With an increasing demand across Europe to bring down immigration numbers, several countries are resorting to digitally strip-searching asylum seekers to verify their personal details. The UK and Norway have had such powers in place for years, but in 2017 Germany and Denmark expanded their laws to enable immigration officials to extra data from asylum seeker’s phones. Similar legislation has now been proposed in Belgium and Austria as they take a harder stance on fake asylum seekers.
European governments, which are under pressure to deal with the influx of migrants, are increasingly turning to mobile forensics to verify the asylum seekers’ identity and to conduct security checks. Such techniques allow officials to extract a smartphone’s messages, location history, and Whatsapp data, which can end up being used against the phone owner.
Digital Life Lines Being Used Against Refugees
Smartphones are used by migrants and refugees as a tool to find and share relevant information during their journey. It allows them to keep in touch with loved ones but also lets them check Facebook groups that warn of border closures, receive tips on how to avoid border control, be made aware of policy changes and alerts them to scams to watch out for.
Relief Web, an online source of humanitarian information on global crises, says this extraction of their data raises issues such as the rights of the person whose personal information is being searched: and, overall, the digital vulnerability of these individuals. The group warns that: “Smartphones come with the promise of giving access to a wealth of data, and thereby the assumption that they will ultimately provide more accurate information. Yet what is searched for and how the information is interpreted is what really matters.”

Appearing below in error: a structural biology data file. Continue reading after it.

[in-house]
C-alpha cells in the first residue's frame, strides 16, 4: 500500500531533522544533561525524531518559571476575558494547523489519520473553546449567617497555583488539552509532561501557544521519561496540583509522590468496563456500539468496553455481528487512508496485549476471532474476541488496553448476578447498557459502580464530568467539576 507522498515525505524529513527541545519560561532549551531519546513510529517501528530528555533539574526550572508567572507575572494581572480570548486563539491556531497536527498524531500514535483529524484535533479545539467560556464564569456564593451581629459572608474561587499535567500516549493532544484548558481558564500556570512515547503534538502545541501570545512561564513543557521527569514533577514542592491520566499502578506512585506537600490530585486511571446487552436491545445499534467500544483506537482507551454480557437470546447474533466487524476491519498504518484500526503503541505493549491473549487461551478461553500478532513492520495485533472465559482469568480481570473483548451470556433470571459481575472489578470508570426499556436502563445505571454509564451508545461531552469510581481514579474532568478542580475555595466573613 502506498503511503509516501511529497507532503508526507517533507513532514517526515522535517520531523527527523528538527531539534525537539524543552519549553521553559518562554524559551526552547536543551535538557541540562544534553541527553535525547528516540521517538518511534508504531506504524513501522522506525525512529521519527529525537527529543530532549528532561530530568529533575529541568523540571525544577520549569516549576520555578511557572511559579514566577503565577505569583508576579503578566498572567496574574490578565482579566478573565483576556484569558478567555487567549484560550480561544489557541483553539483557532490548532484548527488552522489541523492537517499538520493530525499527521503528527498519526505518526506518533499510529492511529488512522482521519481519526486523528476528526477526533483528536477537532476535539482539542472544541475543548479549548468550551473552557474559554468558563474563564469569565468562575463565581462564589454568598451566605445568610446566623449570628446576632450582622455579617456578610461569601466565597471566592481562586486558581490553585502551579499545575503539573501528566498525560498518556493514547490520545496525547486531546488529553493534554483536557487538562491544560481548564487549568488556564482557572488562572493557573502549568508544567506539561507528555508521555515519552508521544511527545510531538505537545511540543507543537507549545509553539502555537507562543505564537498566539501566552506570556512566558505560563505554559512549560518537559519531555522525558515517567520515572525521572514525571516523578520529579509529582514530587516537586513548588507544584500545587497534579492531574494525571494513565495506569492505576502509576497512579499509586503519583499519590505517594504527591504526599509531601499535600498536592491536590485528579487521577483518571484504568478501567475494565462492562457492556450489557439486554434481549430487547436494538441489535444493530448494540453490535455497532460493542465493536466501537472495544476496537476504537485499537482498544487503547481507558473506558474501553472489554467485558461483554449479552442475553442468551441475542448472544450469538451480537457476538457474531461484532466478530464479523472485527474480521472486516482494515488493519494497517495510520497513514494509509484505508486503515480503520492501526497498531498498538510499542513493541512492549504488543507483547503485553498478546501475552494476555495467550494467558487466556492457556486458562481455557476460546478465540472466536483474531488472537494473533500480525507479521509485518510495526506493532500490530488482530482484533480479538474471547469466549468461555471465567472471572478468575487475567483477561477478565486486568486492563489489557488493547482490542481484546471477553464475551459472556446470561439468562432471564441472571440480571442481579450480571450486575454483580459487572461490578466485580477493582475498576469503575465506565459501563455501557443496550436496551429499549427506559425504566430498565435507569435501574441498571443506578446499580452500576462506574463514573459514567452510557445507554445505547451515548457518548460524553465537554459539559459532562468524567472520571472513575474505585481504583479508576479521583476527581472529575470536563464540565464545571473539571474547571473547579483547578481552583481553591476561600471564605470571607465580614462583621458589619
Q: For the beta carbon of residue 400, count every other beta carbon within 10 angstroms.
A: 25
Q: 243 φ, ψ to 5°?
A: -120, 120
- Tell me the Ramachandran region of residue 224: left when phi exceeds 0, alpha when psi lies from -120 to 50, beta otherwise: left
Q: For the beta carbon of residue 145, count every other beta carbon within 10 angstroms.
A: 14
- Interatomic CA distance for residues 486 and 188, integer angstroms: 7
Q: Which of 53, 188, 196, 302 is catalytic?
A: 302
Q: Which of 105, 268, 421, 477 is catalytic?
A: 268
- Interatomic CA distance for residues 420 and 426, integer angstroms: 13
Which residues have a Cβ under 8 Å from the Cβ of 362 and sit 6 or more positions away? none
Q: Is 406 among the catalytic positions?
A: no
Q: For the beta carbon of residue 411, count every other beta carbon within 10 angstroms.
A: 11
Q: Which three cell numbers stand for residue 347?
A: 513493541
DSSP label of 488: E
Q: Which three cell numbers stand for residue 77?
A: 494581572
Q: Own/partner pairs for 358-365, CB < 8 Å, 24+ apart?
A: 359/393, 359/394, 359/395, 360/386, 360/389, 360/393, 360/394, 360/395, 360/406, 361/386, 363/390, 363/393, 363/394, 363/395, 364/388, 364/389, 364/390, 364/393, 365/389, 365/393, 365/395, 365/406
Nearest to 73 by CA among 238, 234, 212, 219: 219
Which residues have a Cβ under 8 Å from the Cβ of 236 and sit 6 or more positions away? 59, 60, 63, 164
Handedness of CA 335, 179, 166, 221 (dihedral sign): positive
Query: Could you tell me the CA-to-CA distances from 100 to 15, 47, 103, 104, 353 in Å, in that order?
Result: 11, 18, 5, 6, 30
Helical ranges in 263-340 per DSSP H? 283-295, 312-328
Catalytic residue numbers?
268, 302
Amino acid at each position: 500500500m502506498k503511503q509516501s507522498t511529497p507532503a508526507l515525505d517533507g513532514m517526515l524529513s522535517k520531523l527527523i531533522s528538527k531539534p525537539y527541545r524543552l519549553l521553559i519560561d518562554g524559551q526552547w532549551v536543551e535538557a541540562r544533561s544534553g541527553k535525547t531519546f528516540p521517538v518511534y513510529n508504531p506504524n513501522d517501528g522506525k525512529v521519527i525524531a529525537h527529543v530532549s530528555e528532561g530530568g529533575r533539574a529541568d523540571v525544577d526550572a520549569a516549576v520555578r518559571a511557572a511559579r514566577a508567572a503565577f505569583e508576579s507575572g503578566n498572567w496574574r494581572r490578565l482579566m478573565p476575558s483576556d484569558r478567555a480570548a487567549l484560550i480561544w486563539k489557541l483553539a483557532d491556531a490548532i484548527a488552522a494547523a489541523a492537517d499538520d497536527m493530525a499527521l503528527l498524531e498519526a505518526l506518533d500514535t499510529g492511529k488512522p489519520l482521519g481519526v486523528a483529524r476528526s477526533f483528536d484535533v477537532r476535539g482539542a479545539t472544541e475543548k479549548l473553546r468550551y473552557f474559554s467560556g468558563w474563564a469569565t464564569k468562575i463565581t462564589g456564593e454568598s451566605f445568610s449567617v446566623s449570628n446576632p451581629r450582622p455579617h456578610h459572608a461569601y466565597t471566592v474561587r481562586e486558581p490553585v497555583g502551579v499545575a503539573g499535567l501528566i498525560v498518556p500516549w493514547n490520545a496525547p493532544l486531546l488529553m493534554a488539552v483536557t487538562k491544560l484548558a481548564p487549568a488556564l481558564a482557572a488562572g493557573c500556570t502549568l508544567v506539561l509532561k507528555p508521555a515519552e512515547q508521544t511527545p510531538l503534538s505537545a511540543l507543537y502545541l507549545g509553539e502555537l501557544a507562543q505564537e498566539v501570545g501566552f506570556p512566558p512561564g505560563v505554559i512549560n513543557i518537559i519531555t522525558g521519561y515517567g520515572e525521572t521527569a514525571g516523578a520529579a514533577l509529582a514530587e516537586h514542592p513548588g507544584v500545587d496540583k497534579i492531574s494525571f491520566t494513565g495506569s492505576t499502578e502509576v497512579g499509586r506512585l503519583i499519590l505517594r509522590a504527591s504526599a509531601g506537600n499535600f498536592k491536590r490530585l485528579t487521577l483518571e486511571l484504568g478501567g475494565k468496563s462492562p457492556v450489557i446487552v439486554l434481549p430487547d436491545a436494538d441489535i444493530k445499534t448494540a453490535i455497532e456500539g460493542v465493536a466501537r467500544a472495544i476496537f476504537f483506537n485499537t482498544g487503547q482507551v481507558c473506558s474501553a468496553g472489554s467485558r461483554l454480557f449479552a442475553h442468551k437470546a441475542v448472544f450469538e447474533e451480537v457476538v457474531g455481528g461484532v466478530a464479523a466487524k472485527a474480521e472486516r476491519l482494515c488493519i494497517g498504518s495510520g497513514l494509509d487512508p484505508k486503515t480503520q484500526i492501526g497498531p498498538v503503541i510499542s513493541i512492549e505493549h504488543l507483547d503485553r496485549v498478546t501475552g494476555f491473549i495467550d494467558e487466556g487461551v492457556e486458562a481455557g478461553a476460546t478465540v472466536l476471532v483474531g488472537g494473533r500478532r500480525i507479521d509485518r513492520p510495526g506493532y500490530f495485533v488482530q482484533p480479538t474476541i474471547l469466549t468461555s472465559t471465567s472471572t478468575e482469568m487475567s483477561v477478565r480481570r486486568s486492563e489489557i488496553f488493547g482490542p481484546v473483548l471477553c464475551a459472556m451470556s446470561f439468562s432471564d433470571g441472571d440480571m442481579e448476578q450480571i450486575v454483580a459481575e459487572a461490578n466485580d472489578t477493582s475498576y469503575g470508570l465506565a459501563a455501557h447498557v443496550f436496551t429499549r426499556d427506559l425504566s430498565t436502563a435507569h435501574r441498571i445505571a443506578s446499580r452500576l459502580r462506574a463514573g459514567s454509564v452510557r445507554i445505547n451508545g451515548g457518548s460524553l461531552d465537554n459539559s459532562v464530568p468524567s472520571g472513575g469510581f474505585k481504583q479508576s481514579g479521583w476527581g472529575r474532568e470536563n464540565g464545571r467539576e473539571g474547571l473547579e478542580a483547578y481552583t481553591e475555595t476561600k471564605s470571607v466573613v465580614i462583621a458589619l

A spokesperson for BAMF, Germany’s immigration agency said: “The analysis of mobile phone data is never the sole basis on which a decision about the application for asylum is made.” According to BAMF, the phone data is used to check for inconsistencies in the person’s story and if their story does not match the meta-data this would warrant further investigation.
Denmark Turning to Social media
Denmark has taken this a step further by asking asylum seekers for their Facebook passwords. Using their profile, a caseworker will then use their Facebook data to verify their details. Critics of this practice have raised concerns that it is unconstitutional, infringes on their right to privacy and treats migrants like criminals.
Michala Clante Bendixen of Denmark’s Refugees Welcome movement said: “In my view, it’s a violation of ethics on privacy to ask for a password to Facebook or open somebody’s mobile phone. For an asylum seeker, this is often the only piece of personal and private space he or she has left.”